Update 5/6/17: please see my new post about eyelet pliers and why I’ve become a hand-bound eyelet devotee.
I’ve been thinking about buying eyelet pliers for a while, and back around Christmas I had a 50% coupon for JoAnn Fabric (which is the only large-scale fabric store within a 3 hour drive of where I live) so I decided to buy the Dritz Eyelet Plier Kit.
When I was ready to put the eyelets in the Faire outfit that I was making for my friend, I carefully read the instructions on the back of the plier kit which… were not very descriptive:
I did a quick Google search, hoping someone had created more descriptive instructions with photos or better illustrations, but I couldn’t find much. What confused me at first was the instruction to “Position fabric in pliers with mark centered over punch. Squeeze pliers to punch hole in fabric.” The accompanying drawing doesn’t really specify which part of the pliers is the “punch.” I couldn’t figure out if they meant the little knob protruding out of the top arm of the pliers in the picture up there. The knob has a rounded bulb on the end, and really doesn’t look as if it can punch a hole in anything except maybe paper. But I grabbed some scrap fabric and, certain that I was going to end up getting the pliers stuck together with the fabric in between, I started testing this “punching” ability.
Apparently the sharp part that actually creates the hole is on the anvil side of the pliers (on the bottom arm in my photo). The knob part (the punch) pushes the fabric through the sharp part of the anvil and creates a hole that is just big enough to work the eyelet through. Now that I understood, I grabbed my bodice pieces and marked out where the eyelets needed to go with a water-soluble marking pencil.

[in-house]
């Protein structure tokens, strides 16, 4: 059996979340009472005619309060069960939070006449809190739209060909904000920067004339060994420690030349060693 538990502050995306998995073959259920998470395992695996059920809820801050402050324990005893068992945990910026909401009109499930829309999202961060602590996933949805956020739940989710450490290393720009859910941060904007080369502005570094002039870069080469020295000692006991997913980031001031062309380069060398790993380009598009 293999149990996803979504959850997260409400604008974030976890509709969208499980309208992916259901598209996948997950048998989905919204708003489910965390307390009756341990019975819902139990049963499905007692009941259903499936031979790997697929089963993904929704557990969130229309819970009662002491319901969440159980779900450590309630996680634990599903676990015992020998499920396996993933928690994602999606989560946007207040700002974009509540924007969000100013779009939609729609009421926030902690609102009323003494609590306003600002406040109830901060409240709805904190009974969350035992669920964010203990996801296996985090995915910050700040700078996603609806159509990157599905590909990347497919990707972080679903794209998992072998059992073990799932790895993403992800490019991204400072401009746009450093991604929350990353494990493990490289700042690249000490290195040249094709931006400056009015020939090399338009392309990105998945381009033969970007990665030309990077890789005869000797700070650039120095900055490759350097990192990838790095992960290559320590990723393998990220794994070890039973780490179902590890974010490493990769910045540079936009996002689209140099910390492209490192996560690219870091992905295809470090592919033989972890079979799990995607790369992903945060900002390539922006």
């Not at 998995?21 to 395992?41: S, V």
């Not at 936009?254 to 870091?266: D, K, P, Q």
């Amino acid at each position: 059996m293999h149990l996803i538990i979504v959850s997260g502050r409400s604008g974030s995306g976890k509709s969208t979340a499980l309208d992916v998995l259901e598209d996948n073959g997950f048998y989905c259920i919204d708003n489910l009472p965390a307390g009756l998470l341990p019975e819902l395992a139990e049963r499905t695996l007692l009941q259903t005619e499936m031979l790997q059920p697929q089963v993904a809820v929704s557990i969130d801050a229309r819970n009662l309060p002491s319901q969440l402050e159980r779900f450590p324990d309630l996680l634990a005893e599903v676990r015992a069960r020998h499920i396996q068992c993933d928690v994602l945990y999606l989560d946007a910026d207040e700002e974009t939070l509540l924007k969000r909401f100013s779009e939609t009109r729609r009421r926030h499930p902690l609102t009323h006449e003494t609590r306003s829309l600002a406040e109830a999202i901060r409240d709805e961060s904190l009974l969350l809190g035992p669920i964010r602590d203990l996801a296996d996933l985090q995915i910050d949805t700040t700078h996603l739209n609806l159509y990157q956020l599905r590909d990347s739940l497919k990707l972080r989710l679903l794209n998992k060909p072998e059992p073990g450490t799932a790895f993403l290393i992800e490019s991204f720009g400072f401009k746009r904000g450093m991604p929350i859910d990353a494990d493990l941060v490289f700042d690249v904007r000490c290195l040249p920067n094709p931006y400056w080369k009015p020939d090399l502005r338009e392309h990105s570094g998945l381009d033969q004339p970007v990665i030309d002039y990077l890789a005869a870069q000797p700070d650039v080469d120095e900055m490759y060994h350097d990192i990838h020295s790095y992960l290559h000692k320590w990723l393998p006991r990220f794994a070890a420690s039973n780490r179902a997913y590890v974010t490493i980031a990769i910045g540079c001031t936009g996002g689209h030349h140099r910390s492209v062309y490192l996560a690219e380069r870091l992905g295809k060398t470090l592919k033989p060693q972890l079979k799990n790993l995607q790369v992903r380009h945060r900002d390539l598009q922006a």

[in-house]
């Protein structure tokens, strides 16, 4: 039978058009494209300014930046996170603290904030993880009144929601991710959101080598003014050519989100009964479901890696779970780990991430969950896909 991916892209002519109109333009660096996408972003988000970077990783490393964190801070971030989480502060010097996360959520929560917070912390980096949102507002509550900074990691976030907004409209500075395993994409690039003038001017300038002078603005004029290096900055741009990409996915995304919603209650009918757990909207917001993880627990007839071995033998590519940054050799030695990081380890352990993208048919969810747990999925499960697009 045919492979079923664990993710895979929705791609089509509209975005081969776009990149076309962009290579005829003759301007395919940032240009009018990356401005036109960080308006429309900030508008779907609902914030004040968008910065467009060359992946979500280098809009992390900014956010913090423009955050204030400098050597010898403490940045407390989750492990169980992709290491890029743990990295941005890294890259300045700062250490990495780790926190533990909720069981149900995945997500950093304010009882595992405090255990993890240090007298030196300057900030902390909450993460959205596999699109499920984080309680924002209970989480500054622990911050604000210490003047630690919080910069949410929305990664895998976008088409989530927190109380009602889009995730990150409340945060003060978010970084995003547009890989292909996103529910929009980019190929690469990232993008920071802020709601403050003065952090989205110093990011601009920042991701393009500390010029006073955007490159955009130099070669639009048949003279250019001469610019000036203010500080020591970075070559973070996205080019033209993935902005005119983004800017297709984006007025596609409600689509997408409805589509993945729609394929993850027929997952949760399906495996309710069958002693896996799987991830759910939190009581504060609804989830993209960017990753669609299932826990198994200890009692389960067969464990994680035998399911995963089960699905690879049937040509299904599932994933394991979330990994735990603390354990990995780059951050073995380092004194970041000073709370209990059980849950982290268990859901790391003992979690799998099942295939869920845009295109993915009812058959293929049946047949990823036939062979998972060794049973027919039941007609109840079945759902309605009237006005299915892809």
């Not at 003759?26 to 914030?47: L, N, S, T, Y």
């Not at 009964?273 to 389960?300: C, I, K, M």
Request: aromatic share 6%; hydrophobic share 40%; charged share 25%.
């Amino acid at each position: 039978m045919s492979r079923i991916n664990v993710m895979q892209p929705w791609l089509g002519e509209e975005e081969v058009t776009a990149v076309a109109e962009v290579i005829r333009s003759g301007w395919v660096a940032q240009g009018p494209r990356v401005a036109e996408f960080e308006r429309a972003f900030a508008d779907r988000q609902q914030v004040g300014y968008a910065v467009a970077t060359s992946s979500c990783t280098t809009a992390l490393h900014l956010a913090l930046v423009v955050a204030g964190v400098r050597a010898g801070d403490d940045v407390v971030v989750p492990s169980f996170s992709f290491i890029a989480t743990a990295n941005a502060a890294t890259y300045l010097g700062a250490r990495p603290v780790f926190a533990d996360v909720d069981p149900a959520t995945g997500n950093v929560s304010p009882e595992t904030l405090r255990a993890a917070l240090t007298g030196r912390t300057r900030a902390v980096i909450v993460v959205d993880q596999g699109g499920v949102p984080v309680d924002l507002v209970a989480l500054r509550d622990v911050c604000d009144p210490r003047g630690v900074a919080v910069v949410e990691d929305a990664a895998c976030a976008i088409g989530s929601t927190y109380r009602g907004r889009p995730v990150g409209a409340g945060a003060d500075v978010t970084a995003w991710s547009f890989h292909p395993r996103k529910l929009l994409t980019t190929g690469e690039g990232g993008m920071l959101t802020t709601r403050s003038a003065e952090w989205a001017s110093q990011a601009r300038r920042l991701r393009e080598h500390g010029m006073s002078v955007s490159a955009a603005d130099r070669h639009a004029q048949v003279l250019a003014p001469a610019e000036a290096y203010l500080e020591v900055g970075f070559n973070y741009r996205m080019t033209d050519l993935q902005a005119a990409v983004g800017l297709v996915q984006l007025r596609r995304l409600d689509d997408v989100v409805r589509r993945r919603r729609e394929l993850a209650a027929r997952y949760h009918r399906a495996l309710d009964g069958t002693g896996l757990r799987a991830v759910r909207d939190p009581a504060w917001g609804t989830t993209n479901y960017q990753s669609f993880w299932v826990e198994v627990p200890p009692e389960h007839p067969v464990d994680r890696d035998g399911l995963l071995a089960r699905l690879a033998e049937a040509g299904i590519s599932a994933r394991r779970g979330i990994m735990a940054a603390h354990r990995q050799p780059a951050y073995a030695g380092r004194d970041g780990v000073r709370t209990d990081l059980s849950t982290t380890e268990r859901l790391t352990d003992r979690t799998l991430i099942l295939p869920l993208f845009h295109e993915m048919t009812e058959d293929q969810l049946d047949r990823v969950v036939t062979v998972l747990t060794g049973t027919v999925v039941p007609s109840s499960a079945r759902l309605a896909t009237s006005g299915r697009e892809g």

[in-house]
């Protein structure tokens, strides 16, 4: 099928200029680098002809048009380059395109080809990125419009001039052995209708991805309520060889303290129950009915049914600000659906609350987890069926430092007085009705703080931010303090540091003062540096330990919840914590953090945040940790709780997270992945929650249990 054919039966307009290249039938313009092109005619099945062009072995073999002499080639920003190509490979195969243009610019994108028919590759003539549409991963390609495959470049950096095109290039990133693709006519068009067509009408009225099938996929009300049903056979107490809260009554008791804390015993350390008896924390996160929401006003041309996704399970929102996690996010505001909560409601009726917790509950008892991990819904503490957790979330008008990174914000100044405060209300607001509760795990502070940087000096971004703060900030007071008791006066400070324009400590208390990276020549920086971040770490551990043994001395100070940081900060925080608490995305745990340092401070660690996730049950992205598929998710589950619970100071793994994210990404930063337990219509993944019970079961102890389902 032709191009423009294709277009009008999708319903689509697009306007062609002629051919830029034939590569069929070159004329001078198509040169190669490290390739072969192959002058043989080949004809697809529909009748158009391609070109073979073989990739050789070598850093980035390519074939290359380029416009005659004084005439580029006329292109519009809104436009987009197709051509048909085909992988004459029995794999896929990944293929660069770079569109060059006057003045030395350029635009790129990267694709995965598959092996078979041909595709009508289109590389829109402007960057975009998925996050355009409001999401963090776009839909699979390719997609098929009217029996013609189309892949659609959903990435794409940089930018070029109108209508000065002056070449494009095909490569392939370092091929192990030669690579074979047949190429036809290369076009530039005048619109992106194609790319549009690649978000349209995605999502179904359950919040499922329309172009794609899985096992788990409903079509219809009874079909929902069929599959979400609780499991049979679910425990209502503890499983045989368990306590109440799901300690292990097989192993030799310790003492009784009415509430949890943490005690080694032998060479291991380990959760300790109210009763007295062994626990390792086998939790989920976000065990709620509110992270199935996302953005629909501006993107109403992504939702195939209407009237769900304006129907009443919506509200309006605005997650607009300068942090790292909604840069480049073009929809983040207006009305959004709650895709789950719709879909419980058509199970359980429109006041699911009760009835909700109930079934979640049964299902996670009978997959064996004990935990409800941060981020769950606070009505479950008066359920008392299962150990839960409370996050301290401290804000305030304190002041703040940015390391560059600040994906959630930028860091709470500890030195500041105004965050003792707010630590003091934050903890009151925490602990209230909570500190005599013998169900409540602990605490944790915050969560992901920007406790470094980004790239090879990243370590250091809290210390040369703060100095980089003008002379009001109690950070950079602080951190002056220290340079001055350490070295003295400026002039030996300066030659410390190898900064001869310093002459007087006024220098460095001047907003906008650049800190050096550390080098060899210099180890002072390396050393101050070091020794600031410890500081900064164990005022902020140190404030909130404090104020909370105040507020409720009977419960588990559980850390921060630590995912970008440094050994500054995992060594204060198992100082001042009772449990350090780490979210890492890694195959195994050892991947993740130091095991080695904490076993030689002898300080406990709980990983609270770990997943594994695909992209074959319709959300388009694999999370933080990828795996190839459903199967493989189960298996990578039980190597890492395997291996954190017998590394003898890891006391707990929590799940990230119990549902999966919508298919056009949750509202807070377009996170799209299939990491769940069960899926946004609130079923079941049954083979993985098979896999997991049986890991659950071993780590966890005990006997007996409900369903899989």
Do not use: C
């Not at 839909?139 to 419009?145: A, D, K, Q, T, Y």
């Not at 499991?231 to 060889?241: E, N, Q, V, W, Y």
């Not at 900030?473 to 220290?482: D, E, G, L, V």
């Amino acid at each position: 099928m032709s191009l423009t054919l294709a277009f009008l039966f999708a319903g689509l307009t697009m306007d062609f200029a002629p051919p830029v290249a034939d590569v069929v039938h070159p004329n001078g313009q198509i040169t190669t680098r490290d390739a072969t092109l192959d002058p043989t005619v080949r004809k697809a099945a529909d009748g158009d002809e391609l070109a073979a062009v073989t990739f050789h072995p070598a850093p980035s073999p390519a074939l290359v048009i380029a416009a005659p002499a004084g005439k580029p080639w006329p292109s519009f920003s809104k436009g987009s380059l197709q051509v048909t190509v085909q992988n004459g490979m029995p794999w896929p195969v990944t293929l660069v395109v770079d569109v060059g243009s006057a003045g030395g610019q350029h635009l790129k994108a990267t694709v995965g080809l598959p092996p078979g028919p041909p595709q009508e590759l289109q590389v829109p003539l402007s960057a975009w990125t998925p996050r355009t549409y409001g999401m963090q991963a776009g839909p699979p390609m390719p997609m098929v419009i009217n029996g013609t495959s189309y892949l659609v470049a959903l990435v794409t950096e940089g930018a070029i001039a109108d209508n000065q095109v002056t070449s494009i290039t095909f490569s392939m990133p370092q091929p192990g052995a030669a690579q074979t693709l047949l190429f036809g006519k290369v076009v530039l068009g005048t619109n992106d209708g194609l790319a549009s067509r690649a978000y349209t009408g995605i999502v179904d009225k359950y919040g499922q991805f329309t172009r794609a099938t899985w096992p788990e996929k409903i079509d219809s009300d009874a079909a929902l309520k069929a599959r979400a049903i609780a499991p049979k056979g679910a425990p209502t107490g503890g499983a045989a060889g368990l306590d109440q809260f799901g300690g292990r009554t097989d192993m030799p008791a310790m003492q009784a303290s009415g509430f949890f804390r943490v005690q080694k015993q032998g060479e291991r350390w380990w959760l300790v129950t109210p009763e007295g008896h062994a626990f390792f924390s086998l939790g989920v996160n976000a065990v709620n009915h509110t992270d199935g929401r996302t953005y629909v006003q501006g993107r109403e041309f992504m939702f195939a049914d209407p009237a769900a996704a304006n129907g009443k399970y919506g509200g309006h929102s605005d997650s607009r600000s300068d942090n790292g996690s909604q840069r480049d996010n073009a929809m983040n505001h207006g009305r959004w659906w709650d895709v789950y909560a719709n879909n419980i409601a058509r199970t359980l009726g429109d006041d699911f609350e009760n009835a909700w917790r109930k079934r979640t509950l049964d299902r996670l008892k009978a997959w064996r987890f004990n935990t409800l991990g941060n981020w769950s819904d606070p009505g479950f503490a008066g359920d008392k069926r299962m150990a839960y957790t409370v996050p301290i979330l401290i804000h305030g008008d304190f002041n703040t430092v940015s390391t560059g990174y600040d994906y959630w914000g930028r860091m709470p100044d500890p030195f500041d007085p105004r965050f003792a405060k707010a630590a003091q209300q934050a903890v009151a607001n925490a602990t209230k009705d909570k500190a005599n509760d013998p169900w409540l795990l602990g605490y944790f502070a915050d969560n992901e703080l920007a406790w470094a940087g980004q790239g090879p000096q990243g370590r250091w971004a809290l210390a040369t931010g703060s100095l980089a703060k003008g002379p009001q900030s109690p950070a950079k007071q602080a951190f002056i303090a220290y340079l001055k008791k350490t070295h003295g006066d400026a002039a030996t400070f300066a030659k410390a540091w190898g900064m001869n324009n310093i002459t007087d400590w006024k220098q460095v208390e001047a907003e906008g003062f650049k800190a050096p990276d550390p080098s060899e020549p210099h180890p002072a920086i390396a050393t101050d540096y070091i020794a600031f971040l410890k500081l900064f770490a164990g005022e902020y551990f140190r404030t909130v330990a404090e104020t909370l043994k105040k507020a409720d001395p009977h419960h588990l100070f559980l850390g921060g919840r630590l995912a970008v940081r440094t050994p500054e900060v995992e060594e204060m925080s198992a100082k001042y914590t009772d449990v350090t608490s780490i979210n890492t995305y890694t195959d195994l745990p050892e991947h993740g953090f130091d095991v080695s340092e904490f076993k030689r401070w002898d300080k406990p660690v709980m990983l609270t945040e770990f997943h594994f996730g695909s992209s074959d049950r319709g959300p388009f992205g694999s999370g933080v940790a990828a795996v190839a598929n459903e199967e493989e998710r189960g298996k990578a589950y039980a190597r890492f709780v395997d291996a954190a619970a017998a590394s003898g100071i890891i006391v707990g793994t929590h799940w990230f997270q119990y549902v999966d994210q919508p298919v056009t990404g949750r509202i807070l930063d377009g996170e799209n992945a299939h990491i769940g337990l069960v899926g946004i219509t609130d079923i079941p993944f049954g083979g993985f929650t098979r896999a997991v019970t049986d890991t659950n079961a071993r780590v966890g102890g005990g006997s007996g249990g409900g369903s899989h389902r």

I gave the pliers a firm squeeze to force the barrel end of the eyelet to split and curl down onto the fabric, flattening the eyelet and (hopefully) sealing the raw edges of the fabric in to keep the hole strong. One thing I noticed is that the anvil side of the pliers wobbles a little bit, because it has to move to adjust to the angle of the opposite arm of the tool. I realized after a couple of my eyelets came out a bit messy that I had to make sure the ends of the barrel side of the eyelet were sitting neatly in the ditch of the anvil before squeezing so that the pressure was even all the way around the barrel of the eyelet while I pressed down. It took a little bit of practice. I wish I had practiced a bit more on my scrap fabric before putting the eyelets in the bodice, but I didn’t want to waste the eyelets.
Here’s what a neatly done eyelet looks like from the back: